My senior year of college and the four months following graduation were a bit tumultuous for me. I was recovering from a nasty breakup the summer before and had no clue what I wanted to do as a career. I dove headfirst into a lifestyle of drinking hard the night before, going to a job I didn’t like hungover, and repeating it again the next week.
I liked staying out late with my friends and getting so drunk I couldn’t form coherent sentences. Sober, I’m typically more reserved. Put a few shots in me, and I felt like the life of the party. People thought I was absolutely hilarious when I was drunk. I liked the attention I got because of that. I liked that people bought me drinks because they wanted to see me more unhinged.
But something happened to me after several months of this lifestyle . . . I met this girl. When I met her, I knew instantly that she was, in the deepest sense, a good person. When I started dating her, I looked at myself and knew I couldn’t continue living like this. Sure, I could have played the “she should love me for who I am” card and continued getting hammered every couple of weeks. But I knew that using such an argument to justify my unhealthy behavior was selfish.
My “fun” lifestyle was really a mask for confusion and pain I was pushing below the surface. I drank excessively because I wanted to forget the fact that I hated my job and that I was still deeply hurt about a past breakup. I know this because on two or three occasions, I pushed the drinking too far and went from being a happy drunk to being a sad and angry drunk. One extra shot was all it took to send me spiraling into a personal hell, where I was haunted by the realities I tried to escape in drinking.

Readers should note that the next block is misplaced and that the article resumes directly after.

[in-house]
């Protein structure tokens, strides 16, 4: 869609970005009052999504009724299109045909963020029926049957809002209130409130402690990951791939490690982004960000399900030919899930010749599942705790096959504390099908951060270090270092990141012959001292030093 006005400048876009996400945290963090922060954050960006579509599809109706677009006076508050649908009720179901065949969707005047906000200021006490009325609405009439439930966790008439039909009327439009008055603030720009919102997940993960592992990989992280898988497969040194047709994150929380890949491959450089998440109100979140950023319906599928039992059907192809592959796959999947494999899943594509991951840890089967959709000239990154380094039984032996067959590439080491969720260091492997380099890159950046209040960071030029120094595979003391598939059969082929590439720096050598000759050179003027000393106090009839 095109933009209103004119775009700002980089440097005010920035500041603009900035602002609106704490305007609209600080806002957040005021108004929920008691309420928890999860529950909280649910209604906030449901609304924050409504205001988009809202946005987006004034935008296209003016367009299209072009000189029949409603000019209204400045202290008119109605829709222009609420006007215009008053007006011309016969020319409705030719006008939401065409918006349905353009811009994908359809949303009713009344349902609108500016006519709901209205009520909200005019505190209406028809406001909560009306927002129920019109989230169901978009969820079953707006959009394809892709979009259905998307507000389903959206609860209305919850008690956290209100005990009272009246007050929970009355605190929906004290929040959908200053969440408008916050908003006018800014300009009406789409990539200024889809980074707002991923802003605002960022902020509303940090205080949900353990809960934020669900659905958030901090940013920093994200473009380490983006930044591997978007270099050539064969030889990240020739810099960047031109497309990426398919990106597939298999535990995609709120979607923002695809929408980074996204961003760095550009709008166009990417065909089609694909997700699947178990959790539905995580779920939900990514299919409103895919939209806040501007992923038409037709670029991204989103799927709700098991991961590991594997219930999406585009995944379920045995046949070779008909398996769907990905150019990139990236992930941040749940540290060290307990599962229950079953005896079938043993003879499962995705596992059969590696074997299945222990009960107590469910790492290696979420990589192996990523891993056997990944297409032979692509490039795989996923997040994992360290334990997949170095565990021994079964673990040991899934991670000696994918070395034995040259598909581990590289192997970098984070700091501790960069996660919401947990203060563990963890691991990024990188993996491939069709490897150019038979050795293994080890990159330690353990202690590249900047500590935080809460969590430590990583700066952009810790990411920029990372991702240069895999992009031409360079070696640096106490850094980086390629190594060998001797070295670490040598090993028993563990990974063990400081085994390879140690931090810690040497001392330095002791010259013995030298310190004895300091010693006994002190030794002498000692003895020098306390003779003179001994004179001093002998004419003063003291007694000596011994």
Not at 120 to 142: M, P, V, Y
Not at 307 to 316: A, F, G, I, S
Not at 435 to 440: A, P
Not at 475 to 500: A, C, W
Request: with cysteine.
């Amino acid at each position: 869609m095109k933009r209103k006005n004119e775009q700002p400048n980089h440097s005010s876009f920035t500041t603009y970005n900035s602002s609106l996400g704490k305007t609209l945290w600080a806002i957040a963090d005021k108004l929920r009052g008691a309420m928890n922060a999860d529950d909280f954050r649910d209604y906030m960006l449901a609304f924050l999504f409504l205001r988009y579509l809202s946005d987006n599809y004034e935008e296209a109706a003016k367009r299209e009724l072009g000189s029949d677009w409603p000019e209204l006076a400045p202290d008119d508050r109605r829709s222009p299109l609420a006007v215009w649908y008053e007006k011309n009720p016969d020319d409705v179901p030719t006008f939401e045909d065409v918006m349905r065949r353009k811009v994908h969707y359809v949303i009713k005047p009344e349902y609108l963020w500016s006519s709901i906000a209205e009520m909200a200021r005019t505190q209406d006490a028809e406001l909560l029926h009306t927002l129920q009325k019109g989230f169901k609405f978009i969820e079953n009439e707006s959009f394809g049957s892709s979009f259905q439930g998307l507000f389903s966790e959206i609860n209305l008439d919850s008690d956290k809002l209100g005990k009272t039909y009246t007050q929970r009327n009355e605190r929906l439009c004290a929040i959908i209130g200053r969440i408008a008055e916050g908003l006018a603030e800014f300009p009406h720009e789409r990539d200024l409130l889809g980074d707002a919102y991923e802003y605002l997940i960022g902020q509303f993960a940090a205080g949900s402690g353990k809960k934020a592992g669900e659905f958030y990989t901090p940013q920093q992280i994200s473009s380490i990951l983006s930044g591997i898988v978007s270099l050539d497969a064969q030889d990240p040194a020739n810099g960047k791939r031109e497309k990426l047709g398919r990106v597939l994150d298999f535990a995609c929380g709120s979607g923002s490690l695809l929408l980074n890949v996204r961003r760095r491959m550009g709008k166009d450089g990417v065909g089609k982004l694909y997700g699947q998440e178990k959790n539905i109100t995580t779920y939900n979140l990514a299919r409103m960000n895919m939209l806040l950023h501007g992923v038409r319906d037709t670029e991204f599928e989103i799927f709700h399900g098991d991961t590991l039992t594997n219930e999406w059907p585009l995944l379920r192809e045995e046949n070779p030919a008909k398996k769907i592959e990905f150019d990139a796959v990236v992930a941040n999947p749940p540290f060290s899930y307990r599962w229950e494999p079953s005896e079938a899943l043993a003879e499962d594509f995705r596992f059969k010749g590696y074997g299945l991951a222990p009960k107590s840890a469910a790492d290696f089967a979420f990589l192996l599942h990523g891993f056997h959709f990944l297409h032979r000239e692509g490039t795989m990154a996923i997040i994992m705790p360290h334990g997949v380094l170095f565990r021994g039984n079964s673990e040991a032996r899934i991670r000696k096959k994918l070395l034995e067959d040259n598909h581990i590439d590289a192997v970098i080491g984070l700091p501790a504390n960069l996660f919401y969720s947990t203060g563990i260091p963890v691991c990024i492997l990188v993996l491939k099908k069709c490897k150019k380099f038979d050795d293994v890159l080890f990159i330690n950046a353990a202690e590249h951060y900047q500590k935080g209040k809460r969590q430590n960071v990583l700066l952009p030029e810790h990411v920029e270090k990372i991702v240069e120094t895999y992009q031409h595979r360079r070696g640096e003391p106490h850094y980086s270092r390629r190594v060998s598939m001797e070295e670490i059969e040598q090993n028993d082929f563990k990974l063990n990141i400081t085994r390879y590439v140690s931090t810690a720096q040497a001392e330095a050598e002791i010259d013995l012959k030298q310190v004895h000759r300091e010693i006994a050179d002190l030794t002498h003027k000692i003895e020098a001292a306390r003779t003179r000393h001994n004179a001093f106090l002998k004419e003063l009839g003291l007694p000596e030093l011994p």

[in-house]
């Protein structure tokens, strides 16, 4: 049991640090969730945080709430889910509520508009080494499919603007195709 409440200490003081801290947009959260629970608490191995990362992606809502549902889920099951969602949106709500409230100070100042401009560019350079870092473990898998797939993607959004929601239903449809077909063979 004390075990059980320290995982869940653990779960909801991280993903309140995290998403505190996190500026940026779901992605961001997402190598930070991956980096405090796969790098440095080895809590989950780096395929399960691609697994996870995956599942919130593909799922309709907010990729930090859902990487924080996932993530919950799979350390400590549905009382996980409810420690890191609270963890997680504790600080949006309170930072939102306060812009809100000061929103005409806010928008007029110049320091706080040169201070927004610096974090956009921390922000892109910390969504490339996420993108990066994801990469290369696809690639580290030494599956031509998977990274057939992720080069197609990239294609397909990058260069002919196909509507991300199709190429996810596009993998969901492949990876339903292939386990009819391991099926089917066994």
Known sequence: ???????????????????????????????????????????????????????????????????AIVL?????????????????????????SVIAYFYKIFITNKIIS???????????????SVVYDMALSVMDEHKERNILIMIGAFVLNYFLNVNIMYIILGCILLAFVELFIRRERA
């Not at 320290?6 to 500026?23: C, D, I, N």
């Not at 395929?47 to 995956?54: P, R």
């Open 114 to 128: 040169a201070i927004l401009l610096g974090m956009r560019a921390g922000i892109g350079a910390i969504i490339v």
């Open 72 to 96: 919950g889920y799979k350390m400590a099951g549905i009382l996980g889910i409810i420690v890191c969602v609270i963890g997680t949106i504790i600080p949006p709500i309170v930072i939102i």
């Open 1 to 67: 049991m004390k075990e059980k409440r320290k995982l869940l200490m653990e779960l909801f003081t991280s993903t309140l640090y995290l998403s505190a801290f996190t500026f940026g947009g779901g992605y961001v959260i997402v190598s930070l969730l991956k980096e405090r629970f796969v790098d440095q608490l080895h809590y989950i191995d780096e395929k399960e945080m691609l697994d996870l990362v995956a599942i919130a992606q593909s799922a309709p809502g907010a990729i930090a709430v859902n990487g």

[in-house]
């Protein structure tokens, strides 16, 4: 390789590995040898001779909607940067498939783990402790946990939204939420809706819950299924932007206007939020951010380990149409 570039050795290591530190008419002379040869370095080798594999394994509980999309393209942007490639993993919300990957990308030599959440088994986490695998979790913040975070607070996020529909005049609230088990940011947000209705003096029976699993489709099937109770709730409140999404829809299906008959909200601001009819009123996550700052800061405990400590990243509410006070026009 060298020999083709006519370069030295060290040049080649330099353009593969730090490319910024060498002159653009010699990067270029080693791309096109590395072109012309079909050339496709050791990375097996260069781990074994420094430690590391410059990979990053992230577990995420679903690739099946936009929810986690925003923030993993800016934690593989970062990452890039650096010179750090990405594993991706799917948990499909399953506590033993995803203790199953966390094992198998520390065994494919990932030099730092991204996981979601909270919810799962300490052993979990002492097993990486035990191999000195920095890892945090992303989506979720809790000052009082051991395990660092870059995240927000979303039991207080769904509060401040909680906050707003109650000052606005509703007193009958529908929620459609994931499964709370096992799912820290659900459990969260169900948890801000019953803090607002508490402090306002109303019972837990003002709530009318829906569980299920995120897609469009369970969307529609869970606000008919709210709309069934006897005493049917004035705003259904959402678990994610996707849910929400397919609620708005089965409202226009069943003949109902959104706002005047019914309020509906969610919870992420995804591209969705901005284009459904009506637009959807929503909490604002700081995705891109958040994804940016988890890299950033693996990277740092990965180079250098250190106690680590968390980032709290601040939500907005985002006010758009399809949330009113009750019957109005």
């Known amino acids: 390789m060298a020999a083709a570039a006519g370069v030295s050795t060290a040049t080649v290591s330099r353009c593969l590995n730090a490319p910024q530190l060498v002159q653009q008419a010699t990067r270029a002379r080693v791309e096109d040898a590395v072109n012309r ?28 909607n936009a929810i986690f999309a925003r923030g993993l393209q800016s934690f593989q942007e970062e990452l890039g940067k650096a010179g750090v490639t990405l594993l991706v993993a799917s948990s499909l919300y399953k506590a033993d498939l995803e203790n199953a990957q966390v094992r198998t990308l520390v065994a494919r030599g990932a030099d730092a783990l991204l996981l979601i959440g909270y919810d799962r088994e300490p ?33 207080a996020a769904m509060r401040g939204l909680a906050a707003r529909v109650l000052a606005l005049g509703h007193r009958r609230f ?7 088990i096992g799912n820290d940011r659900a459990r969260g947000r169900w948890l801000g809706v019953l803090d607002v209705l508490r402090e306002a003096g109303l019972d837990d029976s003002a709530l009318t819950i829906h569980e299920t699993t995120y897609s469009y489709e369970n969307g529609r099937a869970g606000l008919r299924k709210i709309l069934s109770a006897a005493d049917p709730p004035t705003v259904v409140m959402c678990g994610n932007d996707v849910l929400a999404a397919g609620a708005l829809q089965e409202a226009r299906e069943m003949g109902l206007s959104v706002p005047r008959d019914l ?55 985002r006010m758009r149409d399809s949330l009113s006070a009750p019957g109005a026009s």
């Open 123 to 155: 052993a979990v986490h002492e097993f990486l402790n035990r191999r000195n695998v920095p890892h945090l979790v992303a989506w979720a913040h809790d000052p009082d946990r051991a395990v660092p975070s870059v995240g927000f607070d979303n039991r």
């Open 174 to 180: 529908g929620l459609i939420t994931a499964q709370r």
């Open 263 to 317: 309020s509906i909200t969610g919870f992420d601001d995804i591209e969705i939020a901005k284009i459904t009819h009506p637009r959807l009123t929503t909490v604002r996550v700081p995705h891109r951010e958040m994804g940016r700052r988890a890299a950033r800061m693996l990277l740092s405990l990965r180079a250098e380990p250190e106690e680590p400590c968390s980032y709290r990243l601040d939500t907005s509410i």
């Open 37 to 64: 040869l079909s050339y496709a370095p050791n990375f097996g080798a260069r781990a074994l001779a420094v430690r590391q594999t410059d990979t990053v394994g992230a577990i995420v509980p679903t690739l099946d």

I had a choice to make. Should I continue having the freedom to go out and answer to nobody, or should I invest time in someone who might actually have a significantly positive influence on my life?
I’ll spare you the suspense: There’s a ring on my finger, and we have an absurdly strong one-year old who brings more joy to my life than I could have predicted.
The cycle of getting smashed and performing poorly at work the next day is not sustainable in the long run. It certainly didn’t contribute to lasting happiness. I know a 39 year old man who goes out most nights to shows and drinks tons of beer. He goes to an awful lot of trouble to make mean jokes about me already being old because I’m 26 years old and have a wife and child. He sure has a lot of fun, but I’m not convinced that he’s really happy. When I go home, I have a wife and child who are happy to see me. When he goes home, maybe he has Netflix, I don’t know.
I don’t look at my life in terms of what I gave up. I look at it in terms of what I have gained. Choosing to commit to a woman forced me to reorient my life and make up my mind about who I was and what I wanted to do. As I result, I let go of the baggage that I had tried (and failed) to drink away.
It’s not a choice I regret. Having a beautiful family that I love and that loves me is worth so much more than going out with my drinking buddies. Given the choice, I’d choose my family over my bachelor lifestyle again and again.